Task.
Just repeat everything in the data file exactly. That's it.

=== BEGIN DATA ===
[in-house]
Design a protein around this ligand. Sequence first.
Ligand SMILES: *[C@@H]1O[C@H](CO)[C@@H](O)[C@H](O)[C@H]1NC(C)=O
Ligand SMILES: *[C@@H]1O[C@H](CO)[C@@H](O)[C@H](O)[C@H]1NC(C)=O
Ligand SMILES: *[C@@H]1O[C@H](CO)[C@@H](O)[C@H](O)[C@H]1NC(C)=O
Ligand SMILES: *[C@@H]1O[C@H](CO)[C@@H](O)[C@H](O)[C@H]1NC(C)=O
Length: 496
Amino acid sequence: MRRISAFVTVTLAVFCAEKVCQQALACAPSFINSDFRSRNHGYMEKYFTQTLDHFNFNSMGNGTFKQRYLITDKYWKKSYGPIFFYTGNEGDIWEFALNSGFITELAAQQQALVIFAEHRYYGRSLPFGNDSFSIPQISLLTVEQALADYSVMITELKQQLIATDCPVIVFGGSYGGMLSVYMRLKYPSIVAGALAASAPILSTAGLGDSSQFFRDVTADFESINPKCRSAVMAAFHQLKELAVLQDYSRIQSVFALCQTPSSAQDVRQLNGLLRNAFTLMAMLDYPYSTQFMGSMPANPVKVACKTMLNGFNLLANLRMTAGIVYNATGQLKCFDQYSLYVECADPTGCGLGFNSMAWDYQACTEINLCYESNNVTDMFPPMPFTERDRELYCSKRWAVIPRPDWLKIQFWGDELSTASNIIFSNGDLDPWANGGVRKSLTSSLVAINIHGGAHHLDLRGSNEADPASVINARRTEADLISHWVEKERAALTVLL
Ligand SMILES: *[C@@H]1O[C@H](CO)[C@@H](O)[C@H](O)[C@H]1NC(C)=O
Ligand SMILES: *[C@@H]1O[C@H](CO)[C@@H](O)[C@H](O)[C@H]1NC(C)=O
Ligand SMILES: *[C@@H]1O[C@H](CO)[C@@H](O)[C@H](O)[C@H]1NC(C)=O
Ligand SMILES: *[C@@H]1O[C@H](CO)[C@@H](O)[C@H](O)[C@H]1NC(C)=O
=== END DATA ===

[in-house]
Design a protein around this ligand. Sequence first.
Ligand SMILES: *[C@@H]1O[C@H](CO)[C@@H](O)[C@H](O)[C@H]1NC(C)=O
Ligand SMILES: *[C@@H]1O[C@H](CO)[C@@H](O)[C@H](O)[C@H]1NC(C)=O
Ligand SMILES: *[C@@H]1O[C@H](CO)[C@@H](O)[C@H](O)[C@H]1NC(C)=O
Ligand SMILES: *[C@@H]1O[C@H](CO)[C@@H](O)[C@H](O)[C@H]1NC(C)=O
Length: 496
Amino acid sequence: MRRISAFVTVTLAVFCAEKVCQQALACAPSFINSDFRSRNHGYMEKYFTQTLDHFNFNSMGNGTFKQRYLITDKYWKKSYGPIFFYTGNEGDIWEFALNSGFITELAAQQQALVIFAEHRYYGRSLPFGNDSFSIPQISLLTVEQALADYSVMITELKQQLIATDCPVIVFGGSYGGMLSVYMRLKYPSIVAGALAASAPILSTAGLGDSSQFFRDVTADFESINPKCRSAVMAAFHQLKELAVLQDYSRIQSVFALCQTPSSAQDVRQLNGLLRNAFTLMAMLDYPYSTQFMGSMPANPVKVACKTMLNGFNLLANLRMTAGIVYNATGQLKCFDQYSLYVECADPTGCGLGFNSMAWDYQACTEINLCYESNNVTDMFPPMPFTERDRELYCSKRWAVIPRPDWLKIQFWGDELSTASNIIFSNGDLDPWANGGVRKSLTSSLVAINIHGGAHHLDLRGSNEADPASVINARRTEADLISHWVEKERAALTVLL
Ligand SMILES: *[C@@H]1O[C@H](CO)[C@@H](O)[C@H](O)[C@H]1NC(C)=O
Ligand SMILES: *[C@@H]1O[C@H](CO)[C@@H](O)[C@H](O)[C@H]1NC(C)=O
Ligand SMILES: *[C@@H]1O[C@H](CO)[C@@H](O)[C@H](O)[C@H]1NC(C)=O
Ligand SMILES: *[C@@H]1O[C@H](CO)[C@@H](O)[C@H](O)[C@H]1NC(C)=O